If .Selected(i) Then

	ReDim Preserve SheetArray(c)
	SheetArray(c) = .List(i)
	c = c + 1

End If

This block of code will perform the following actions:

  1. Check the list box item designated by the “i” variable and determine if it was selected by the user.
  2. If the designated item from the previous step is a selected item, then
    1. Execute a ReDim Preserve command to extend the temporary array to the size defined by the variable “c”. The Preserve keyword will ensure we don’t lose any of the existing items in the array while we redefine its dimension.
    2. Take the currently selected item from the list box and place it into the temporary array in the last “slot” in the array.
    3. Increase the value of the variable “c” in the event we discover another selected item in the list box. This value will become the new dimension value for the array (if necessary).
  3. Advance to the next item in the list box designated by the variable “i” counter.

Check to see if the logic is correct

To ensure everything is working properly, an effective strategy is to activate the Locals window and then step through the code one line at a time using the F8 key on the keyboard.

This allows us to witness the counters advancing according to the number of sheets and number of selected items in the list box object.

Launch the Print Preview environment

Below the “Next i” line of code, add the following:

Sheets(SheetArray()).PrintPreview

This will send all the sheet names located in the temporary array we just constructed to the Print Preview routine.

Direct printing of selected sheets

If you wish to send the selected sheets directly to the printer, avoiding the Print Preview step, enter the following code:

Sheets.(SheetArray()).PrintOut

Adding the Launch Button

Excel has a designated macro launch button located in the list of Form Control objects.  Select Developer (tab) -> Controls (group) -> Insert -> Button.

Draw a button (rectangle) on the screen and select the print macro form the Assign Macro dialog box.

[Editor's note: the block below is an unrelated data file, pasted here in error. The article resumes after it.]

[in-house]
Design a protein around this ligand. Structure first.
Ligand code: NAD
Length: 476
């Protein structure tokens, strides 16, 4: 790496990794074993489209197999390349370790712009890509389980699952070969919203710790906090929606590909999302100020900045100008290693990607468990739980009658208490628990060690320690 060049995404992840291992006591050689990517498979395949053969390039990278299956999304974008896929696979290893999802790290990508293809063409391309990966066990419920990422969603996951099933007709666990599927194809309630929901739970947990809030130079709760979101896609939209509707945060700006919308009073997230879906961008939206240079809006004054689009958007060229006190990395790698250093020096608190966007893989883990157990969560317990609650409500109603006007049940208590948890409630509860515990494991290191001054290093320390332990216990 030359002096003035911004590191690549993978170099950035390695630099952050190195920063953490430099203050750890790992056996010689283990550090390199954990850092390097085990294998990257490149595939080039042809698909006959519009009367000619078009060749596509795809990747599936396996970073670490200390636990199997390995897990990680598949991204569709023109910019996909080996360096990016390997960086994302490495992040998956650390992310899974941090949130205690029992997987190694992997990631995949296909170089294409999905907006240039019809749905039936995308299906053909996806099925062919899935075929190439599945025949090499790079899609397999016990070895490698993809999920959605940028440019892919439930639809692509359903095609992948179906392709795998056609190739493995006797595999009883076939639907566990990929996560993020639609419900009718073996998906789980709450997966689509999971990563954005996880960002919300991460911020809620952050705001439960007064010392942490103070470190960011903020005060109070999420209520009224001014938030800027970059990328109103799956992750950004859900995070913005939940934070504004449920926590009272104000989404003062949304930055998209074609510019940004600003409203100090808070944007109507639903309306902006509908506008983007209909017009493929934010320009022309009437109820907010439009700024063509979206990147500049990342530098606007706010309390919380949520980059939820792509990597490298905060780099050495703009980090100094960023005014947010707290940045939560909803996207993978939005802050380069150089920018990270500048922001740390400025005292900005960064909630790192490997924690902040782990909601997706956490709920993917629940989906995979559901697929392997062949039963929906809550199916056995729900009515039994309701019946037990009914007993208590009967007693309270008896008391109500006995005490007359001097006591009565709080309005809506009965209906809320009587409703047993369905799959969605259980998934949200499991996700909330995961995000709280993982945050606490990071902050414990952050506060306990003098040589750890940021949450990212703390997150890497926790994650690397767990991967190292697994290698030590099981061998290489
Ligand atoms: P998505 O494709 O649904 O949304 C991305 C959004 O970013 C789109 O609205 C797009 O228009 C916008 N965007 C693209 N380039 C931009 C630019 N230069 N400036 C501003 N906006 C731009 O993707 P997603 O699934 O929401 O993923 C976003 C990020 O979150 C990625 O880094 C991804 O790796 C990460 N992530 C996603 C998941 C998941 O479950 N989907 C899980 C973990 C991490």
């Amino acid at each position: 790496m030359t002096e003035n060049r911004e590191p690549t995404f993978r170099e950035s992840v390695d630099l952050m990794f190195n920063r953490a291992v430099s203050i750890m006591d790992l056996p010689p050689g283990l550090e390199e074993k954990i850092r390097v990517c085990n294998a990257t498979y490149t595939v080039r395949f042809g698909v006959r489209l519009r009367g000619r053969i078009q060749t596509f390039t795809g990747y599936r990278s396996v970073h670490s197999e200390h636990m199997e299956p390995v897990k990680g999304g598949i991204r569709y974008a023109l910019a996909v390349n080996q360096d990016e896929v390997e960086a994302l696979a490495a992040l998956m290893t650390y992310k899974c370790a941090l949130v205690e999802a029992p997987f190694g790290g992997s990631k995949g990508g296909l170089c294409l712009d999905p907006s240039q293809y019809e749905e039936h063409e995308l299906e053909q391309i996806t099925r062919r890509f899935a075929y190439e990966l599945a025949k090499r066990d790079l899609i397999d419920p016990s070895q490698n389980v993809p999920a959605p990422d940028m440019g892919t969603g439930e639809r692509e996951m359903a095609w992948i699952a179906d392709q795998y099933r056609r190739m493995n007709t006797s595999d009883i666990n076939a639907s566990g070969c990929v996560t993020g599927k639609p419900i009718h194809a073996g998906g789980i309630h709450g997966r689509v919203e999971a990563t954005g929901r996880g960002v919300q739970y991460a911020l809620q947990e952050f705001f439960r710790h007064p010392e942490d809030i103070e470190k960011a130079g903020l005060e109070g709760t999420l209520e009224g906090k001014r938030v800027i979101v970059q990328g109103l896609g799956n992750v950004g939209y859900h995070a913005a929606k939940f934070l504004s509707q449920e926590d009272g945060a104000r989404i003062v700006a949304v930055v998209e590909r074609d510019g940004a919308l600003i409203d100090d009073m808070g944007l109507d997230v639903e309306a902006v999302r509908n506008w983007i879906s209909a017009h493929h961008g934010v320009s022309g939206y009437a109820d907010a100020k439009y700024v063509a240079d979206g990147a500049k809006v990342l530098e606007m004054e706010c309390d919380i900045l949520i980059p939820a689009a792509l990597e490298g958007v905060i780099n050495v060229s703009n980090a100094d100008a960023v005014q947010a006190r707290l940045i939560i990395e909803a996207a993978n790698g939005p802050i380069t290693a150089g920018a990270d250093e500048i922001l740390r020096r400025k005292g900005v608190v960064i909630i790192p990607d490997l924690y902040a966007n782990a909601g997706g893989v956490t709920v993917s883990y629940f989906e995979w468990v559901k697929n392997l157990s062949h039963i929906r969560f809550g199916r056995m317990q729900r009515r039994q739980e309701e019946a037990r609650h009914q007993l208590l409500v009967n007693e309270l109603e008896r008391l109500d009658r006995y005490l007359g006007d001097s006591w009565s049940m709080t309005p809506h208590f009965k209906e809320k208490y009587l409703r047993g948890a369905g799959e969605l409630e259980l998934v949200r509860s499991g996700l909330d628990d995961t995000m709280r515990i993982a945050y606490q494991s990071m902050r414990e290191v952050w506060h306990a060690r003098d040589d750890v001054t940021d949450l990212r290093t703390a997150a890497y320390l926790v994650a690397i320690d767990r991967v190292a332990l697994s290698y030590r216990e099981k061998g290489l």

Rename the button to something more user-friendly, like “Print Preview”.

Test the macro launch button by selecting several sheets from the list box and press the “Print Preview” macro launch button.

If you wish to make your launch control look a bit more modern, consider adding an icon by selecting Insert (tab) -> Illustrations (group) -> Icons.

Consider resizing, moving, and changing the color of the icon to suit your needs.

Assign the macro to the icon by right-clicking on the icon and selecting “Assign Macro…”.

Select the print macro form the Assign Macro dialog box.

“Bullet Proofing” Code Tweak

In this example, a potential flaw in the use of the list box occurs if the user opens the workbook and starts on the sheet containing the list box.

The list box will lose its contents when the file is closed.

Since the list is updated when the user selects the sheet, the list of sheets will not have been updated since we opened the file on the list box’s sheet.

To ensure the list is updated upon opening the file, place the following code on the code sheet for the “ThisWorkbook” object.

Private Sub Workbook_Open()

	Sheets(1).Select

End Sub

This code will place the user on the first sheet in the workbook; in our example, this is the introduction sheet.  If your workbook places the list box on the first sheet of the workbook, set the value of the Workbook_Open event to a value other than 1.

Note: This code would not be necessary if you are using the manual approach to update the list box stated earlier in the post.

Practice Workbook

Feel free to Download the Workbook HERE.

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2 Comments

  1. Terry Looyer June 5, 2019 at 11:34 pm - Reply

    Hi Leila

    I have been trying to make this work on Excel for mac 2016, but have not had any success.
    Are you able to to give some pointers as to how this could be done on the mac please?

    Thank you

    • Leila Gharani July 4, 2019 at 6:54 am - Reply

      I don’t have a mac, so I can’t test. Ron de Bruin has a great site for Excel for Mac VBA – maybe you can find something that will help you there: https://www.rondebruin.nl/mac.htm